Wednesday, September 21, 2016

Apologetic methodology revisited

I. For several reasons, I don't normally discuss apologetic methodology. I think it's often a cul-de-sac. Both sides repeat their talking points. Round and round. There's no progress. It's often a substitute for doing apologetics. In particular, presuppositionalists have a bad habit of never getting around to doing apologetics. To their credit, evidentialists produce a lot more apologetics. Finally, I have my own apologetic philosophy. I don't normally talk about it because it's something that informs my apologetics. 

However, I was recently reading two books that prompt me to revisit the issue of apologetic methodology: Why Should I Believe Christianity?, by James Anderson, and Four Views On Christianity and Philosophy, P. Gould &. R. Davies, eds. 

1. Let's begin with a standard evidentialist approach to making a case for Christianity. Some evidentialists attempt to cut to the chase with the "minimal facts" argument for the Resurrection

2. Other evidentialists mount a cumulative case. This may include some or all of the following elements:

i) List criteria for assessing worldviews, viz. consistency, simplicity, explanatory scope, evidence, correspondence to known facts, a theory of justified belief.  

ii) List criteria for assessing testimonial evidence, viz. prior expectations; incentive to be truthful or untruthful; firsthand/secondhand information; proximity in time and/or place to the ostensible event; independent, multiple-attestation; corroboration from non-Christian sources.

3. Present arguments for the existence of God. 

4. Field objections to the existence of God, viz. the problem of evil. 

5. Present arguments for the possibility and credibility of miracles.

6. Present evidence for the general historical reliability of the Gospels. 

7. There are variations on the cumulative case. An apologist might include more or fewer steps. In case you're wondering, I have in mind apologists like Gary Habermas, Timothy & Lydia McGrew, John & Paul Feinberg, Michael Licona, Richard Swinburne, and John Warwick Montgomery. 

II. I think this approach has definite merits. But I also have reservations or criticisms, so let's run back through the list:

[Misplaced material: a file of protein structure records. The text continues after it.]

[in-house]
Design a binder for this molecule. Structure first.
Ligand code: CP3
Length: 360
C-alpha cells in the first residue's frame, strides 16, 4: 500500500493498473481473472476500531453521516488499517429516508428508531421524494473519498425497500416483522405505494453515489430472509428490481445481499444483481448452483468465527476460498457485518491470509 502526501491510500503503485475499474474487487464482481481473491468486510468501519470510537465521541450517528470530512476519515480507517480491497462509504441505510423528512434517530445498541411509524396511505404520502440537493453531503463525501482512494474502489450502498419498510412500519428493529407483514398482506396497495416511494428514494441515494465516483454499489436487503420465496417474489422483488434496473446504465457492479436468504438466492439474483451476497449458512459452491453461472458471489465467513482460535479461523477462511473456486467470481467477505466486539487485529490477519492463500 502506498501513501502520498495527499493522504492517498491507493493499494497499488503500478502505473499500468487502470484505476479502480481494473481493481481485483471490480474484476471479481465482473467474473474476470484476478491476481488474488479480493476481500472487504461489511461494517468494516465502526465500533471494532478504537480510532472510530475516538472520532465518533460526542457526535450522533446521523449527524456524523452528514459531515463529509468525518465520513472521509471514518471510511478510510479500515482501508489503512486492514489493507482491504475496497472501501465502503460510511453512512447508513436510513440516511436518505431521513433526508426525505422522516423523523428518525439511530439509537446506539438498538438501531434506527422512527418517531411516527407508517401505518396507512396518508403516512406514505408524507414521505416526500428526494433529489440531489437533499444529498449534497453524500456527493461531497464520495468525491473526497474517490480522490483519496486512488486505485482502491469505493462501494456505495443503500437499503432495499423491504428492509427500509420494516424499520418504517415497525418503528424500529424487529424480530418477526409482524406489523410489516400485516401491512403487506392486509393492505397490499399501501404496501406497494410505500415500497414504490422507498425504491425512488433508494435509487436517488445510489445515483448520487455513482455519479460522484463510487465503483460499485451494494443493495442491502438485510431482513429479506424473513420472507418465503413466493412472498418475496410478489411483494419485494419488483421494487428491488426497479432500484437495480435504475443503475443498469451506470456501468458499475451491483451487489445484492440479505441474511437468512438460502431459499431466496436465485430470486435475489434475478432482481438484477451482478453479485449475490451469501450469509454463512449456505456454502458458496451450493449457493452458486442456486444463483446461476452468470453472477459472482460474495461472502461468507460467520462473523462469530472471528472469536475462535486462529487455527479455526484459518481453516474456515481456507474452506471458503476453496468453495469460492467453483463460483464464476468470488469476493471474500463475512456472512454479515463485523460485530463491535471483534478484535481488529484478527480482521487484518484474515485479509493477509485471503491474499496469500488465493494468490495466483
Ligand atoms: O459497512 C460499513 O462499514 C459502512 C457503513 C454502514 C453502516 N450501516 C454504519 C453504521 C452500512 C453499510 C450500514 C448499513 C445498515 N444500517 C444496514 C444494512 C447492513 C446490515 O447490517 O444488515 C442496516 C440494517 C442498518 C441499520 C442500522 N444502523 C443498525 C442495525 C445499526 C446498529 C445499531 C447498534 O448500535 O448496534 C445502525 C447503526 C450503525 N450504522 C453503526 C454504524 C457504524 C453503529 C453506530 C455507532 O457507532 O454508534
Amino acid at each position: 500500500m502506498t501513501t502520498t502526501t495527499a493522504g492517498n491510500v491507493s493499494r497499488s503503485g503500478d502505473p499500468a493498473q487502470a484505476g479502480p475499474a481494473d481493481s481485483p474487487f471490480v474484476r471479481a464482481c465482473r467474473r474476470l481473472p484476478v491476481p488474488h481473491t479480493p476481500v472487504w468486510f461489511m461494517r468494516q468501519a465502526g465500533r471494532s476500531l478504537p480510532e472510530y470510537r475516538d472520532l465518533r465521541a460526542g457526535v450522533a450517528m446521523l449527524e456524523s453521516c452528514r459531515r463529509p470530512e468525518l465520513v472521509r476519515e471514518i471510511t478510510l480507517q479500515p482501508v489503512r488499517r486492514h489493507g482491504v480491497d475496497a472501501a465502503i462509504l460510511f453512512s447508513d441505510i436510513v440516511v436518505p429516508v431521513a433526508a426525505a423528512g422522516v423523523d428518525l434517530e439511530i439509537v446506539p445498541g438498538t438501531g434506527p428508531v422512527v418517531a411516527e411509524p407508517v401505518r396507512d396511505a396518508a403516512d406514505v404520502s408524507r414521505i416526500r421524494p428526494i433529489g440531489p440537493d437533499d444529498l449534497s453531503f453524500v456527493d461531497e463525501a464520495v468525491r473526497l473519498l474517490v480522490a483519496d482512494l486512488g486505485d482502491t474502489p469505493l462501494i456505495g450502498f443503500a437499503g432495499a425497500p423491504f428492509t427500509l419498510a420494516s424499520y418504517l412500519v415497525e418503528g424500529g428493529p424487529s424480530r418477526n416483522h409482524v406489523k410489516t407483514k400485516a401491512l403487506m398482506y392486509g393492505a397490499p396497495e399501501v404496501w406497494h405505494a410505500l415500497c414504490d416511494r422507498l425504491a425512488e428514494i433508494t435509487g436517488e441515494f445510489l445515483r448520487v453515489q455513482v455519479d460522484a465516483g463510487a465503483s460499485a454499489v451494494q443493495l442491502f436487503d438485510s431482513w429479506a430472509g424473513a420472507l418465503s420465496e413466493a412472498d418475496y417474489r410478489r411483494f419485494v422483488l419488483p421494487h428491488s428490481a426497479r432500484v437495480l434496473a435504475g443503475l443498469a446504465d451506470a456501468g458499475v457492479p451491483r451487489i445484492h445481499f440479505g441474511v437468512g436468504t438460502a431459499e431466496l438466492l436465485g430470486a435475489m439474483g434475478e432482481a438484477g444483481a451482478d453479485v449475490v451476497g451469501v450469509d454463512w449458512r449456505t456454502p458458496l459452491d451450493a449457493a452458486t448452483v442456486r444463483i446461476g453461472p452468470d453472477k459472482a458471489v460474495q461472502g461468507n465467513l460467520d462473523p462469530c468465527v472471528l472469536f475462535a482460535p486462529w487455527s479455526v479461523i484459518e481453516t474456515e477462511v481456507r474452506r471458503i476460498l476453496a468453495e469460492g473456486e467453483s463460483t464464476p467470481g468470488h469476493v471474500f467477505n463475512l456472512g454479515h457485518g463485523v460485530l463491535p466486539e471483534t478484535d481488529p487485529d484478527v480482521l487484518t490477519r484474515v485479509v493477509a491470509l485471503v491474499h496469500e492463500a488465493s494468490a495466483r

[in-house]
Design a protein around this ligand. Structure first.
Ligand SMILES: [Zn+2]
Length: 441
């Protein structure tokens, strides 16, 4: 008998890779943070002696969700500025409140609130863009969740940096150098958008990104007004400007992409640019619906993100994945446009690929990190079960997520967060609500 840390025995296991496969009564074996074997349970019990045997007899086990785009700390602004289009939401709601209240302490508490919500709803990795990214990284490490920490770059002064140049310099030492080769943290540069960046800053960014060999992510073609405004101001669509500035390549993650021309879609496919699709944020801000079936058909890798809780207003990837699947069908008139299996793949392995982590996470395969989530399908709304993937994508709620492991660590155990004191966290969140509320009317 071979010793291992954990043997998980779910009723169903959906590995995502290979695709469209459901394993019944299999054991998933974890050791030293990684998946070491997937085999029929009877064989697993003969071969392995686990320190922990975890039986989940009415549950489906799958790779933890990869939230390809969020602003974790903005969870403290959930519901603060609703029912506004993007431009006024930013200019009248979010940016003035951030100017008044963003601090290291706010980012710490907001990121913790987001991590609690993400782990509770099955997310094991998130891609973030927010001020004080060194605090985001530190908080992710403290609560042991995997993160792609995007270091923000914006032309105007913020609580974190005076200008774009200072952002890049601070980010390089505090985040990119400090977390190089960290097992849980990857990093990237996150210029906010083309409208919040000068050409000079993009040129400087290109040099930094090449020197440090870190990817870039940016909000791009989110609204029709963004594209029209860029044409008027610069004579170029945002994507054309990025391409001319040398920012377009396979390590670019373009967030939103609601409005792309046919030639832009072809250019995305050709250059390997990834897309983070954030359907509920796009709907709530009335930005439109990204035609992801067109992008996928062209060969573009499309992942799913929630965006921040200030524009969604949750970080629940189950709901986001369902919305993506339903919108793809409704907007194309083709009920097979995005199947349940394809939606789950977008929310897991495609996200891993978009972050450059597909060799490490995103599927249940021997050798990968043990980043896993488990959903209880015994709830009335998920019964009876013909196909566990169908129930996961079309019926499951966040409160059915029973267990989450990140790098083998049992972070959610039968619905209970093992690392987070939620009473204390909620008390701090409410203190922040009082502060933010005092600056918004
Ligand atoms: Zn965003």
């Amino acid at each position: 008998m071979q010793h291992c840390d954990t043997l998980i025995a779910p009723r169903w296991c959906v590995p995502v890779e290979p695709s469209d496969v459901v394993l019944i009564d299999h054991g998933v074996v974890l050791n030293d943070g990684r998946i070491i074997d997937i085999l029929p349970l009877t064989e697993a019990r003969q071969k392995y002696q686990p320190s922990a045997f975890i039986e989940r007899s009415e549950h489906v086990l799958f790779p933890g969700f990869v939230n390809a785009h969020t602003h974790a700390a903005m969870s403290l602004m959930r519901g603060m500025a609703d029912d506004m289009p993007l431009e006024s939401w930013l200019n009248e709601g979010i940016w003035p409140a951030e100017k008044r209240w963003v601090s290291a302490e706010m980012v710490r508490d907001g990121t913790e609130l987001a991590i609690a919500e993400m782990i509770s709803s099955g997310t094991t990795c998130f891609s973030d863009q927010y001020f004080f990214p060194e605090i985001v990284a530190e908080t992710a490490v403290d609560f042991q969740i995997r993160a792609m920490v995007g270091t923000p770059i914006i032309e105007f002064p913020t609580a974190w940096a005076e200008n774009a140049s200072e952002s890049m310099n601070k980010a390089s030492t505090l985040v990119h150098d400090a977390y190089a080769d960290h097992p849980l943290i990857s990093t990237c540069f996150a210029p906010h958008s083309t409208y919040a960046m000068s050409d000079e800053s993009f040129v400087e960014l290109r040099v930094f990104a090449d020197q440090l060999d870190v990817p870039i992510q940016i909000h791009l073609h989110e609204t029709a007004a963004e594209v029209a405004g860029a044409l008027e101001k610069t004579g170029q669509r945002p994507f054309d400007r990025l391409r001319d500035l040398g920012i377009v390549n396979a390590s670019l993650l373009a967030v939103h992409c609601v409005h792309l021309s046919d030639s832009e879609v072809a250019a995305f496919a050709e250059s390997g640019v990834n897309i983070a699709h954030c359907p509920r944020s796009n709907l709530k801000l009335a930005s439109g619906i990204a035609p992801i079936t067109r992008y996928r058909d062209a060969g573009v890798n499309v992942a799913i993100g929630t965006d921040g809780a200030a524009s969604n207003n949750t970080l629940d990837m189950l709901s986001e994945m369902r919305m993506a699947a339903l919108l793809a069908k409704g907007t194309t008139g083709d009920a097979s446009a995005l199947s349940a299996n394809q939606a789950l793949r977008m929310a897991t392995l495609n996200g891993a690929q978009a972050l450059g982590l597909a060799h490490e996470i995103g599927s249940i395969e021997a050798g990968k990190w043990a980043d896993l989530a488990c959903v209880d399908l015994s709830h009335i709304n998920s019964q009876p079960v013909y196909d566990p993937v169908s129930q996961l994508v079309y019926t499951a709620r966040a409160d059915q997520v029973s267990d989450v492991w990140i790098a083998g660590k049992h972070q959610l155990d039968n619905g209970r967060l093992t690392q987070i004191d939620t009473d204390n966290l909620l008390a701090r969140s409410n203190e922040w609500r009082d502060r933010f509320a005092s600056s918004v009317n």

1. A "minimal facts" argument is vulnerable from different angles. There's an over-reliance on "scholarly consensus". Likewise, an atheist may say any naturalistic explanation, however unlikely, is more likely than a supernatural explanation. 

2. 

i) If we're attempting to demonstrate that something is true or false, then we have to use criteria as a standard of comparison. Sometimes these are unstated or taken for granted. 

ii) However, the identification and justification of criteria are presuppositional issues. So here's one point at which evidentialism and presuppositionalism intersect. Take the relationship between consistency and explanatory scope. There are tradeoffs. A simpler explanation may have less explanatory scope. 

Unbelievers typically favor atheism because it's simpler. But that begs the question. An explanation ought not be simpler than reality. Simplicity and explanatory scope go to deep, contested issues regarding what there is to be explained, viz, abstract objects, values, consciousness.

So the identification and justification of criteria becomes somewhat circular inasmuch as it makes key assumptions about the kind of world we live in. Moreover, it's somewhat circular inasmuch as the nature and existence or nonexistence of God is fundamental to the kind of world we live in. So this gets very complicated very fast. 

3. Both evidentialists and presuppositionalists can present arguments for God. Some of these are quite theory-laden. For instance, the moral argument for God presumes moral realism. That has no traction for an atheist who rejects moral realism.